PA Consortium, which is a combination of University of Toronto, Northern Ontario School of Medicine and Michener Institute requires a minimum GPA of 2.7 (at time of writing, November 2017), full  hours of health care experience (which can be paid, clinical placement, or volunteer - refer to their website paconsortium.ca for the most accurate up-to-date information) with some recommended course work to be completed, in addition to letters of reference.

University of Manitoba offers a Master’s PA program, requiring candidates to finish 4 year Bachelor’s degree or higher (no later than May 30th) of the year you hope to enter the MPAS program, police check, letters of reference,  achieve a 3.0/4.5 GPA scale in most recent 60-credit hours, and complete University of Manitoba Faculty of Graduate Studies application. They also have criteria for “competitive” applicants, achieving a GPA of 3.5 or above, completed courses in Biochemistry, Human Anatomy and Physiology with minimum grade B.

Note: Some of admission requirements may change or evolve over time.

"Find out more about a typical day of a PA on canadianpa.ca, a lot of experts share their experiences.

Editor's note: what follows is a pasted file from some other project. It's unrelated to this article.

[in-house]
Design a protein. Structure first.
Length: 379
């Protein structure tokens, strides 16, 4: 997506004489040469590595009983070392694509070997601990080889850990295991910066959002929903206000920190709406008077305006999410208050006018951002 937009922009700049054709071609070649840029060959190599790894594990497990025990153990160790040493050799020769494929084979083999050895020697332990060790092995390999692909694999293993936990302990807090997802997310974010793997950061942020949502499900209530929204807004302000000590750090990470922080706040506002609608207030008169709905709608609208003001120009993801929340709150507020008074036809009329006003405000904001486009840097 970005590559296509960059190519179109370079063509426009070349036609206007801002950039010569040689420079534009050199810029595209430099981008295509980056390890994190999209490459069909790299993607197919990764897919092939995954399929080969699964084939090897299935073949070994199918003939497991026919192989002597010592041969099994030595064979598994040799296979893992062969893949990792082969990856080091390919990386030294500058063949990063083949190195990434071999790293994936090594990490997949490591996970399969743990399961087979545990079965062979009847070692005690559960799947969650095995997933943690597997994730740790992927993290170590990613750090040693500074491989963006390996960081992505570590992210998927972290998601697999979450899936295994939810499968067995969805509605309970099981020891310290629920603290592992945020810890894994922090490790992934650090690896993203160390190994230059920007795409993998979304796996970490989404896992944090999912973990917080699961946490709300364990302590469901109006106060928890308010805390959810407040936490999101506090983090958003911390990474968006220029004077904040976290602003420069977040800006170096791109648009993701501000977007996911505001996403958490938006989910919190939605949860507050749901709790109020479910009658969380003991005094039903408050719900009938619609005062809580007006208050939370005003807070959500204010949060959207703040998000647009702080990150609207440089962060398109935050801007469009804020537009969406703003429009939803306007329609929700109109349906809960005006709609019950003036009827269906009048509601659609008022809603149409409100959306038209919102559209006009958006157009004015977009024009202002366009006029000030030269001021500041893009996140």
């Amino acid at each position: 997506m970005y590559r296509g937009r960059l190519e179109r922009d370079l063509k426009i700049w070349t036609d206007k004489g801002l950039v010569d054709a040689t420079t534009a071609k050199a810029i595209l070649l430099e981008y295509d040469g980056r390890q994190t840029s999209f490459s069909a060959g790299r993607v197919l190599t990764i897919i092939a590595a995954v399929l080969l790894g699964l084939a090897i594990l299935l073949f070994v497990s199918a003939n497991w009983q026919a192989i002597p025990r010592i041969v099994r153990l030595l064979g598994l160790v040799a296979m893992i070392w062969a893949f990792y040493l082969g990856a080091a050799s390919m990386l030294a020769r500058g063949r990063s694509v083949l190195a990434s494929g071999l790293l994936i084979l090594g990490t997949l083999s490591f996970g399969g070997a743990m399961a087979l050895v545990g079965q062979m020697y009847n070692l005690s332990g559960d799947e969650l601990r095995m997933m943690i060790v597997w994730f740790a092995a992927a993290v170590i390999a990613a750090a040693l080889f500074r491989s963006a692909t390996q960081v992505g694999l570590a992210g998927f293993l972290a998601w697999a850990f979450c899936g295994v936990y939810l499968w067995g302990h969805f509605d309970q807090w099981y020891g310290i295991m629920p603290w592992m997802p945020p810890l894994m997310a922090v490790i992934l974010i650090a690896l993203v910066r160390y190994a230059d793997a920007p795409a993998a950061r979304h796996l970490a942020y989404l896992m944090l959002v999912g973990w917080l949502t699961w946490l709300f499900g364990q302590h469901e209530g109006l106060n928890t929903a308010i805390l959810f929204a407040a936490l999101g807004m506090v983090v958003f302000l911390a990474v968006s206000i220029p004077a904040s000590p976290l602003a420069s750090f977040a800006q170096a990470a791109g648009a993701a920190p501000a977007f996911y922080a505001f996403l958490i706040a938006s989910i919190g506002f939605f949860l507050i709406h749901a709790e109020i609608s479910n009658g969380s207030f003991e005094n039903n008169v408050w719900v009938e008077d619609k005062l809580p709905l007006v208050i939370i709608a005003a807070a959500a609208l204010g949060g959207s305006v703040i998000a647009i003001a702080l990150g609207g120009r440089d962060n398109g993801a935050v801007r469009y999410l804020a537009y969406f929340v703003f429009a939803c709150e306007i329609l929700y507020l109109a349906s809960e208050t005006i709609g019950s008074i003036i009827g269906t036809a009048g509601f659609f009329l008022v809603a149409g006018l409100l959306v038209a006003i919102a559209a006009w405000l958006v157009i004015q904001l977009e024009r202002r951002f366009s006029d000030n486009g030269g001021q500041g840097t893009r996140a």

You may want to get information on career development and growth as a PA in Canada, keep reading".

Required certifications and trainings for PAs

Multiple and endless certifications, masters, Phd. are not necessary. Although in some areas of medicine (for example, Emergency Medicine), candidates may benefit from having a recent ACLS certification, CPR certification - health care provider level.

The University of Manitoba offers a Master’s Degree in PA Studies. The two Ontario Programs - University of Toronto and McMaster University offer Bachelor’s Degree. Whether you have a Master’s of PA studies or Bachelor’s does not matter when it comes to PA employment.

The only factor affecting potential employment is obtaining your PA Certification. Canadian PA graduates and American pAs looking to practice in Canada must register through the Canadian Association of Physician Assistants to write the certification exam. Once you pass, you are considered a “Canadian Certified Physician Assistant (CCPA)” . In order to maintain this designation, you need to complete a certain number of continuing medical education (CME) hours per 5 year cycle.

"A number of foreigners or people looking to move to Canada may be considering a career in the medical field or/and specifically as a physician Assistant. Anne has some advice for you".

You may want to get information on career development and growth as a PA in Canada, keep reading".

Foreigners and immigrants who would love to practise as Canadian Physician Assistant

For all Canadian PA programs you need to be a Canadian citizen or obtain permanent resident status. Before you apply ensure you meet the minimum English language requirements (i.e. a certain score on TOEFL exam).